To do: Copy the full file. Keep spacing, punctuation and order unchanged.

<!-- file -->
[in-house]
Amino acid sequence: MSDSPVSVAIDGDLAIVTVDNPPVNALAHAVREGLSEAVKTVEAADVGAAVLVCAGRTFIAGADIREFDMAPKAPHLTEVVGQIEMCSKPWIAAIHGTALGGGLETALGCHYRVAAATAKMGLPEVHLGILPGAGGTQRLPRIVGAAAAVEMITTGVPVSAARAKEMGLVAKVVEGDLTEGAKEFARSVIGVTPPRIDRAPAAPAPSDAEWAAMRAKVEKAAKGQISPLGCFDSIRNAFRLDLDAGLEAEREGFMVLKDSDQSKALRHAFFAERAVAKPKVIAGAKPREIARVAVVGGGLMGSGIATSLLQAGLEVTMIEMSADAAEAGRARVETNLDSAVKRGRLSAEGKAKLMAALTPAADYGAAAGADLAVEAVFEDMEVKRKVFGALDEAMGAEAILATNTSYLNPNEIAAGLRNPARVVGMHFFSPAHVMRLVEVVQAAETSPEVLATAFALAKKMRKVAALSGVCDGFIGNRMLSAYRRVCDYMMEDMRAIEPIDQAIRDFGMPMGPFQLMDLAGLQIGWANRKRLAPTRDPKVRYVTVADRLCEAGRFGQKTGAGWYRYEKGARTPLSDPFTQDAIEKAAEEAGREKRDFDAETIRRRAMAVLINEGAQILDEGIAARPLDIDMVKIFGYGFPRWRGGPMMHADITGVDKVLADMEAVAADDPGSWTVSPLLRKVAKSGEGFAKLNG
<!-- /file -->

[in-house]
Amino acid sequence: MSDSPVSVAIDGDLAIVTVDNPPVNALAHAVREGLSEAVKTVEAADVGAAVLVCAGRTFIAGADIREFDMAPKAPHLTEVVGQIEMCSKPWIAAIHGTALGGGLETALGCHYRVAAATAKMGLPEVHLGILPGAGGTQRLPRIVGAAAAVEMITTGVPVSAARAKEMGLVAKVVEGDLTEGAKEFARSVIGVTPPRIDRAPAAPAPSDAEWAAMRAKVEKAAKGQISPLGCFDSIRNAFRLDLDAGLEAEREGFMVLKDSDQSKALRHAFFAERAVAKPKVIAGAKPREIARVAVVGGGLMGSGIATSLLQAGLEVTMIEMSADAAEAGRARVETNLDSAVKRGRLSAEGKAKLMAALTPAADYGAAAGADLAVEAVFEDMEVKRKVFGALDEAMGAEAILATNTSYLNPNEIAAGLRNPARVVGMHFFSPAHVMRLVEVVQAAETSPEVLATAFALAKKMRKVAALSGVCDGFIGNRMLSAYRRVCDYMMEDMRAIEPIDQAIRDFGMPMGPFQLMDLAGLQIGWANRKRLAPTRDPKVRYVTVADRLCEAGRFGQKTGAGWYRYEKGARTPLSDPFTQDAIEKAAEEAGREKRDFDAETIRRRAMAVLINEGAQILDEGIAARPLDIDMVKIFGYGFPRWRGGPMMHADITGVDKVLADMEAVAADDPGSWTVSPLLRKVAKSGEGFAKLNG